Selenium is a trace mineral that, although only required in tiny amounts, plays an enormous role in maintaining the health and productivity of goats and is crucial for maintaining various physiological functions.

Understanding its importance and knowing the signs of deficiency can help goat keepers to ensure the well-being of their herds.

What is Selenium?

Three forms of selenium.

Selenium is an a chemical element and micro-nutrient. It is essential for cell homeostasis (maintenance of an internal steady state) and functions as a powerful antioxidant.

In goats, as in other livestock, selenium helps to protect cells from oxidative damage, supports immune function, and contributes to reproductive health.

Where is Selenium Found?

Selenium is naturally present in the soil. In nature, goats obtain selenium by eating the leaves of plants that have absorbed selenium through their roots.

Some plants absorb more than others. Deep-rooted species accumulate greater quantities of selenium than those with shallower roots.

Common Plants Containing Selenium for Goats

  • Alfalfa
  • Cruciferous vegetables such as cabbage, broccoli, and cauliflower
  • Deep-rooted trees such as oak
  • Shrubs
  • Sunflowers and their seeds
  • Oats
  • Spinach
  • Corn
  • Sweet potatoes
  • Flax seed
  • Linseed

In some areas, the concentration of selenium in the soil is high, but in many places – most, in fact – there is very little selenium present in the soil. This means that even selenium-accumulator species will not contain the element in sufficient quantity to nourish your goats.

This is one of the reasons why goats’ diets must be supplemented by high quality minerals.

Europe in general has much less selenium in the soil than the USA, so it’s important to check where you are and plan your goats’ supplementation accordingly. You can even have the soil tested on your farm to find out its mineral composition.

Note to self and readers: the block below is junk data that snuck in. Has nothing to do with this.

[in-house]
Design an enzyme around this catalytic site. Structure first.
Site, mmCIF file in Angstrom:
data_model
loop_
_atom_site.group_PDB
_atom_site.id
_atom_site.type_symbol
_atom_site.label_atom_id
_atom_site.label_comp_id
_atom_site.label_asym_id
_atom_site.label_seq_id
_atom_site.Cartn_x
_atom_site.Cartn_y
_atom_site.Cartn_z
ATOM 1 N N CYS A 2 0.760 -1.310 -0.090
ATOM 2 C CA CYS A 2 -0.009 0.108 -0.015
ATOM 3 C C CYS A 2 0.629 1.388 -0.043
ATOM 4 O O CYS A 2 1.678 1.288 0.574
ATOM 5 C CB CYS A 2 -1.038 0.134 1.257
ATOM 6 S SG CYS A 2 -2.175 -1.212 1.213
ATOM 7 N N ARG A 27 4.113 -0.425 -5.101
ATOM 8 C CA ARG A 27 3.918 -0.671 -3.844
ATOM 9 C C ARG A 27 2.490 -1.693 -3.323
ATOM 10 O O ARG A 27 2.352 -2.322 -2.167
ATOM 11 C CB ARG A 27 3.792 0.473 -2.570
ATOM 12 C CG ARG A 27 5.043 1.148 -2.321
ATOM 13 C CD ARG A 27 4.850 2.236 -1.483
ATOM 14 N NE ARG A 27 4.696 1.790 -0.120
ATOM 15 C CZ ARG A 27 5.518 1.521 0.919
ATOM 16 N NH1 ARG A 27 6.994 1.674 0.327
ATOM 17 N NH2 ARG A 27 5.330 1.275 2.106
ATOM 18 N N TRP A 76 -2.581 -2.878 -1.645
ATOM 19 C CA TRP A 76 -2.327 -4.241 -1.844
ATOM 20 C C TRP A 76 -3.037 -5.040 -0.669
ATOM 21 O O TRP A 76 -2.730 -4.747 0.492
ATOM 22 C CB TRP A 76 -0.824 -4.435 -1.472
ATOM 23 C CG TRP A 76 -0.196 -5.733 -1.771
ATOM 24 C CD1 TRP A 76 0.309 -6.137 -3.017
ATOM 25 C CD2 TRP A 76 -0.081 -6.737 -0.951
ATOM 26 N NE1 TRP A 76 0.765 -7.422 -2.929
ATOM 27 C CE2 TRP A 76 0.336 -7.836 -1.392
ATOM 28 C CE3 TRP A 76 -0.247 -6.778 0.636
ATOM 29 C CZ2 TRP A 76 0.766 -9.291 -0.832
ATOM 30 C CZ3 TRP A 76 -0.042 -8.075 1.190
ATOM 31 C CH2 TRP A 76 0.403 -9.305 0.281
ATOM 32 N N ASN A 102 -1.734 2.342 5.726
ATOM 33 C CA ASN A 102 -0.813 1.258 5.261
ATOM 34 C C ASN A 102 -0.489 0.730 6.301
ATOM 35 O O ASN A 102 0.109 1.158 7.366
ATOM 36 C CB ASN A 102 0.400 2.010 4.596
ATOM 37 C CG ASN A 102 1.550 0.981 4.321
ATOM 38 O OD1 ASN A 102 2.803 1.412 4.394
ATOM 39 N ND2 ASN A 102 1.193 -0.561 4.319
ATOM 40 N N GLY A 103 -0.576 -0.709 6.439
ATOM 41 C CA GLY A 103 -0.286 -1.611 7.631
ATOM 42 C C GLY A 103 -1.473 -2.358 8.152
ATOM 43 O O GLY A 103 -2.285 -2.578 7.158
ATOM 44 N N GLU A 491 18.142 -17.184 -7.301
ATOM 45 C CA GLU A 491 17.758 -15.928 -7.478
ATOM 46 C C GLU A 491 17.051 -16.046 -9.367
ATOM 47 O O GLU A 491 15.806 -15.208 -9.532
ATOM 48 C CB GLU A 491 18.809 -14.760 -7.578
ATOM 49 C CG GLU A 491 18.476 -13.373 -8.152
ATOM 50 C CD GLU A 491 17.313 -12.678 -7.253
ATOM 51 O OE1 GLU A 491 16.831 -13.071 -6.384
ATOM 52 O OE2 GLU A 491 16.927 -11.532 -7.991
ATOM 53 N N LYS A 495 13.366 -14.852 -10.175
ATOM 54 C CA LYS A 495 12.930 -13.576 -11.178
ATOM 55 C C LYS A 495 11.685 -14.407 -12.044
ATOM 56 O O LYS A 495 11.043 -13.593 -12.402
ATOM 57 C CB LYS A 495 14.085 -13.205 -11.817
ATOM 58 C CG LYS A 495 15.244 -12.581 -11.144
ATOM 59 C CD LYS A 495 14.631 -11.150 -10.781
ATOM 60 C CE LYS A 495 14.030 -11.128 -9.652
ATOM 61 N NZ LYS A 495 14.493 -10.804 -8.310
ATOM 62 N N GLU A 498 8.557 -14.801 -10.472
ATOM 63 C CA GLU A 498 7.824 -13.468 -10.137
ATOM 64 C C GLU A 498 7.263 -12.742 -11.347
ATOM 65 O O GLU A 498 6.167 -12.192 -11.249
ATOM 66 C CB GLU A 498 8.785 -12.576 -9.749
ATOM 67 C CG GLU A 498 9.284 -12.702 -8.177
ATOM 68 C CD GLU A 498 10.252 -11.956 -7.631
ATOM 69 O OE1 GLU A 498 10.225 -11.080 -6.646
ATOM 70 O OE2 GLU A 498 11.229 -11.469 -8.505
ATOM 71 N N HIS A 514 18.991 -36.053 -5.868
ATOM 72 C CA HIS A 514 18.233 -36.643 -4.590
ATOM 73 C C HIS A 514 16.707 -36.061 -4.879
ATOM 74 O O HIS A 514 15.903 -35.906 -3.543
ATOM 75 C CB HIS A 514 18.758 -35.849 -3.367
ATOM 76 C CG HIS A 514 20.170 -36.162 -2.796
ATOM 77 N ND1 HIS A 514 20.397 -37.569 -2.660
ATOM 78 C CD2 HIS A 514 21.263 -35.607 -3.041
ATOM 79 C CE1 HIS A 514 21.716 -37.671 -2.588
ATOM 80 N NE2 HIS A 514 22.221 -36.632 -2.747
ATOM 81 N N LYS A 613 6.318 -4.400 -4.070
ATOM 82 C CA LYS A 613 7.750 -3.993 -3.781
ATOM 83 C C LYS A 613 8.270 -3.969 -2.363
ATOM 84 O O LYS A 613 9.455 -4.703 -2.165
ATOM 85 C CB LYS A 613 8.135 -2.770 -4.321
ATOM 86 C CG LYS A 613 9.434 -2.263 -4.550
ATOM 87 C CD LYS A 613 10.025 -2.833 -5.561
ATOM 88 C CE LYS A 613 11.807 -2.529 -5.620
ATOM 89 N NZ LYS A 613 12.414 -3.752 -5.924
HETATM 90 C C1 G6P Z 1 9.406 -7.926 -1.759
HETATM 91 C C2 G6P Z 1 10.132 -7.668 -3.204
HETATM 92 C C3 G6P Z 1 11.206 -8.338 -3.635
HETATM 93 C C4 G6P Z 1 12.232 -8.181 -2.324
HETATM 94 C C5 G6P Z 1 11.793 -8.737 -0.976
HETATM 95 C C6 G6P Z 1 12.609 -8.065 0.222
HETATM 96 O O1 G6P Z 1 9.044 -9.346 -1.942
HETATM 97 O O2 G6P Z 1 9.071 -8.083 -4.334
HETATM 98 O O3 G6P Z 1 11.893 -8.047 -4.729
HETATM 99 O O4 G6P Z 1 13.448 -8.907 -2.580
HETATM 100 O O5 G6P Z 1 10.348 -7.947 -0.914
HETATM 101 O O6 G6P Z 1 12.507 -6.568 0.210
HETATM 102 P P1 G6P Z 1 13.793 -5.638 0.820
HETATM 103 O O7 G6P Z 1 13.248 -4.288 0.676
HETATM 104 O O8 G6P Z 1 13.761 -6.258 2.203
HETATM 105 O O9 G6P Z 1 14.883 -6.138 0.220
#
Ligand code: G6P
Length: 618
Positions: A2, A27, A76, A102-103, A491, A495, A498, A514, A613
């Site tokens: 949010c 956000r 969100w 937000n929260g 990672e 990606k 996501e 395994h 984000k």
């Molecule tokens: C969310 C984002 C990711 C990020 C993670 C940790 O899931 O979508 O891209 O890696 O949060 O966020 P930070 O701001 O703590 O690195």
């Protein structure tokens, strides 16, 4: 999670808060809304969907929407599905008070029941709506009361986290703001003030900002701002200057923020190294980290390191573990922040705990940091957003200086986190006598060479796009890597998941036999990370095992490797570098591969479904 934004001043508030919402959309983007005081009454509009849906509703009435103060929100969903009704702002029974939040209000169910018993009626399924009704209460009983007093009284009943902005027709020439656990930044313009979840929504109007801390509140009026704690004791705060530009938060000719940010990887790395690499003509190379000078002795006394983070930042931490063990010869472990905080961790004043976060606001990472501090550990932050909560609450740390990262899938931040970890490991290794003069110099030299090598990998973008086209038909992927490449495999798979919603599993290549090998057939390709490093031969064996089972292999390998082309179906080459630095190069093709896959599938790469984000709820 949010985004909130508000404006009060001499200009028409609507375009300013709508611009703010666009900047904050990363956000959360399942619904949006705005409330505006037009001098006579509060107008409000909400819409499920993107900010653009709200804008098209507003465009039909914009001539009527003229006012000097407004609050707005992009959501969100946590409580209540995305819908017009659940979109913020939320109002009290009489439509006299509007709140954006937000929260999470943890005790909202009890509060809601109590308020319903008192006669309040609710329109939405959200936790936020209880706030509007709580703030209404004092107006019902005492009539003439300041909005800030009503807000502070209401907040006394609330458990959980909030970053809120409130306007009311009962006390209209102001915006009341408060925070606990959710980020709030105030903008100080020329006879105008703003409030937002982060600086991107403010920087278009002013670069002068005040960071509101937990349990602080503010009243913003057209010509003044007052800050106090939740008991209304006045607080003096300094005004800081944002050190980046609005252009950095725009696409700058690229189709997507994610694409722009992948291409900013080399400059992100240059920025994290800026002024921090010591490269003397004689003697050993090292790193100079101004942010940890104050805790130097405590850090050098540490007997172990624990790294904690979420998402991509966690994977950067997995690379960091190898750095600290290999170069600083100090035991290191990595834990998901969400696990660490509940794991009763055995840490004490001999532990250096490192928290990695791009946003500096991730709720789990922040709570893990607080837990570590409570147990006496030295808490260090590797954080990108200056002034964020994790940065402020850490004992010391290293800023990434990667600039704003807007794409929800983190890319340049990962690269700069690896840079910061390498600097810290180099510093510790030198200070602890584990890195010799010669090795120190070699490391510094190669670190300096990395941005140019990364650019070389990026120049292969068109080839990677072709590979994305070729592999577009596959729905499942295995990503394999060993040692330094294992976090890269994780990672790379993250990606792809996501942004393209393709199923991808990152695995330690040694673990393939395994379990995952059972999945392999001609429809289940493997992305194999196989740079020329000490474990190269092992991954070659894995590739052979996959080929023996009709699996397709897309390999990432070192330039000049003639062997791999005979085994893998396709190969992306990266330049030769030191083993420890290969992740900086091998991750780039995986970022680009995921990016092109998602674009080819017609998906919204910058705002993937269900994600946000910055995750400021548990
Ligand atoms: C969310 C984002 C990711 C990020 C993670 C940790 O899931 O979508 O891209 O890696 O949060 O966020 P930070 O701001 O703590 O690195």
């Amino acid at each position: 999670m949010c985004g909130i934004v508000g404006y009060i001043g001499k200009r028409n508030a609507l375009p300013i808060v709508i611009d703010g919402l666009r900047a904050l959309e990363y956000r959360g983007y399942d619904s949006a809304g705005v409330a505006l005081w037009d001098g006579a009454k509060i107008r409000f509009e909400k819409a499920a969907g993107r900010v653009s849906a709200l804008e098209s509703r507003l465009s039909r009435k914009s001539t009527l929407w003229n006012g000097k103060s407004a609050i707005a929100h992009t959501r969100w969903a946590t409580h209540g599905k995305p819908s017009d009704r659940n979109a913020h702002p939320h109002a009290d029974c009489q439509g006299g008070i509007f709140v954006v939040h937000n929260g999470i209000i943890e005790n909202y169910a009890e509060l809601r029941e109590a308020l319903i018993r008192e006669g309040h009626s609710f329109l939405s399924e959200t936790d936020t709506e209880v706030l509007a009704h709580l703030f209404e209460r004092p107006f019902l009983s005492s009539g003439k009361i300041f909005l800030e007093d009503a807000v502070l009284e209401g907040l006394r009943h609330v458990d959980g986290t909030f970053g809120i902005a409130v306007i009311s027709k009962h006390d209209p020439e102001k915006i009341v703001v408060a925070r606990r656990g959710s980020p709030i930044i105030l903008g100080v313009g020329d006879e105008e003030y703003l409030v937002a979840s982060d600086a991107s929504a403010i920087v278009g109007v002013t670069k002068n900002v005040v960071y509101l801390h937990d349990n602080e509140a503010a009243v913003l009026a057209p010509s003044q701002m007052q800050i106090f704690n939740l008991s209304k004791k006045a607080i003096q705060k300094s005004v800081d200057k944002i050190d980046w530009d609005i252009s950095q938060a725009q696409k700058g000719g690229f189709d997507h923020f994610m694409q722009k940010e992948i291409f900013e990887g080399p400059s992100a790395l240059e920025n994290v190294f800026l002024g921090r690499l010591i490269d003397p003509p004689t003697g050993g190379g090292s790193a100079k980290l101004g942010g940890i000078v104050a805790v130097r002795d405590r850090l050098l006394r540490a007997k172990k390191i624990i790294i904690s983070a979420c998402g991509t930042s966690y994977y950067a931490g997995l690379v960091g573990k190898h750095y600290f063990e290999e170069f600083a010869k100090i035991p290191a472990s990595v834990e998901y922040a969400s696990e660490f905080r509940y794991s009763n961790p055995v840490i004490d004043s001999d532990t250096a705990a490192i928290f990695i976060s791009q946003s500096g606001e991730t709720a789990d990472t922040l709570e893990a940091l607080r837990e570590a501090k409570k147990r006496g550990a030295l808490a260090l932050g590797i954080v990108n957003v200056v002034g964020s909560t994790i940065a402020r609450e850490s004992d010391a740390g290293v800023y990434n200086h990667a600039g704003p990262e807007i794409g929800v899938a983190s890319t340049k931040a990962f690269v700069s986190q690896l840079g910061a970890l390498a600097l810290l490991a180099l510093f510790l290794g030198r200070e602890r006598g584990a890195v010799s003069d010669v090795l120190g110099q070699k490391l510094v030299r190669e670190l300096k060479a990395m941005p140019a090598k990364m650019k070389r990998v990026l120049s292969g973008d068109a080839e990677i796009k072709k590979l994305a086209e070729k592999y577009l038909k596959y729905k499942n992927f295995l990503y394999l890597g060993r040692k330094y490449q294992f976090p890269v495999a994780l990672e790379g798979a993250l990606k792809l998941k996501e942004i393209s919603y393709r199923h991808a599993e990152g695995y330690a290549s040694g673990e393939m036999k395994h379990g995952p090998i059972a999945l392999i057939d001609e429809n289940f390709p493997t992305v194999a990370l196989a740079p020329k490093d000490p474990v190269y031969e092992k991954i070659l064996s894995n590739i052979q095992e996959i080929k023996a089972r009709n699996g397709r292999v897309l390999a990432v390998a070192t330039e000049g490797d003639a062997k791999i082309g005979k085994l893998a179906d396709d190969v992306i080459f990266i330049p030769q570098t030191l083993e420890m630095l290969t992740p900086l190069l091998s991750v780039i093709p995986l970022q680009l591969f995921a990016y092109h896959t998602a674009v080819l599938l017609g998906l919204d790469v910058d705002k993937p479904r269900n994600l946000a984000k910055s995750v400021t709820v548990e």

As you can see from the maps below, Portugal and Spain generally have very low levels of selenium.

Areas of low selenium worldwide. [Selenium distribution in the United States adapted from Oldfield (1999)]
Selenium concentrations throughout Europe. [Via pharmanord.com]

Because selenium is only present in some forage species, goats kept in pastures or small pens, eating mostly hay, are at higher risk for deficiency. It is thought that goats raised in extensive systems with access to appropriate forage will be able to self-select plants that better balance their nutritional needs, although supplementation will always be needed.

Goats whose diet consists mainly of hay will be at higher risk of selenium deficiency.

To make matters more complicated, several other elements vital to goat health – copper, sulphur, calcium, zinc and iron – can have an ‘antagonistic’ effect on selenium and reduce its availability for your goats. Ensuring the right balance is therefore very important. Even if you live in an area with plentiful selenium, if your soil, concentrated goat food, or even your water (for example, well water) is heavy in antagonists, then your goats will still require higher levels of selenium supplementation.

Goats can also suffer from selenium poisoning if over-supplemented, or if eating large quantities of seliniferous forage. Chronic selenium toxicity can also manifest with similar signs to deficiency, so it’s up to you to work out which is more likely in your herd.

The nutritional values of plants in your pastures can also change with the seasons, so be aware that goats fine at one time of year may need more supplementation as the seasons change.

Signs of Selenium Deficiency in Goats